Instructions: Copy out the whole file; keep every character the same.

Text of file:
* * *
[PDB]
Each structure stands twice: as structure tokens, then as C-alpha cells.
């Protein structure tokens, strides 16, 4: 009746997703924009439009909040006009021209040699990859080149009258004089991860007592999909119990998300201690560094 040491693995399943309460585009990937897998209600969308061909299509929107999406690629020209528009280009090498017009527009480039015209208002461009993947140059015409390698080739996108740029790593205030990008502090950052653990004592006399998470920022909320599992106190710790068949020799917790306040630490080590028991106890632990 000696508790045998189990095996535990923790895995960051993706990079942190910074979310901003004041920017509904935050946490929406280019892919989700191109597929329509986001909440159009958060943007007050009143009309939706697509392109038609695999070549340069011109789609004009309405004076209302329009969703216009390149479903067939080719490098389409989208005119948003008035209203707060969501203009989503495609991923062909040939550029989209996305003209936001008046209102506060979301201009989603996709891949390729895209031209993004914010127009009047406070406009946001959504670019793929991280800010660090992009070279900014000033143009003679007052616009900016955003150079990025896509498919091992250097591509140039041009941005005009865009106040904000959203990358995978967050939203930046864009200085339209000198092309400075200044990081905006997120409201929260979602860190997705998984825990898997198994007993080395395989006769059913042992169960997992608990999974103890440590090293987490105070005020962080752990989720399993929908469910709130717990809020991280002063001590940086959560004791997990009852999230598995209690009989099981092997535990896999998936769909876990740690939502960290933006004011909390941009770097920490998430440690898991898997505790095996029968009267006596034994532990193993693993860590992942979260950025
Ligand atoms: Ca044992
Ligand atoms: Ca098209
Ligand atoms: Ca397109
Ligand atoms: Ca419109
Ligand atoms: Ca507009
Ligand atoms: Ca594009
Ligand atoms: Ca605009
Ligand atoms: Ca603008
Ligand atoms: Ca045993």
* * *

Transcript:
[PDB]
Each structure stands twice: as structure tokens, then as C-alpha cells.
């Protein structure tokens, strides 16, 4: 009746997703924009439009909040006009021209040699990859080149009258004089991860007592999909119990998300201690560094 040491693995399943309460585009990937897998209600969308061909299509929107999406690629020209528009280009090498017009527009480039015209208002461009993947140059015409390698080739996108740029790593205030990008502090950052653990004592006399998470920022909320599992106190710790068949020799917790306040630490080590028991106890632990 000696508790045998189990095996535990923790895995960051993706990079942190910074979310901003004041920017509904935050946490929406280019892919989700191109597929329509986001909440159009958060943007007050009143009309939706697509392109038609695999070549340069011109789609004009309405004076209302329009969703216009390149479903067939080719490098389409989208005119948003008035209203707060969501203009989503495609991923062909040939550029989209996305003209936001008046209102506060979301201009989603996709891949390729895209031209993004914010127009009047406070406009946001959504670019793929991280800010660090992009070279900014000033143009003679007052616009900016955003150079990025896509498919091992250097591509140039041009941005005009865009106040904000959203990358995978967050939203930046864009200085339209000198092309400075200044990081905006997120409201929260979602860190997705998984825990898997198994007993080395395989006769059913042992169960997992608990999974103890440590090293987490105070005020962080752990989720399993929908469910709130717990809020991280002063001590940086959560004791997990009852999230598995209690009989099981092997535990896999998936769909876990740690939502960290933006004011909390941009770097920490998430440690898991898997505790095996029968009267006596034994532990193993693993860590992942979260950025
Ligand atoms: Ca044992
Ligand atoms: Ca098209
Ligand atoms: Ca397109
Ligand atoms: Ca419109
Ligand atoms: Ca507009
Ligand atoms: Ca594009
Ligand atoms: Ca605009
Ligand atoms: Ca603008
Ligand atoms: Ca045993």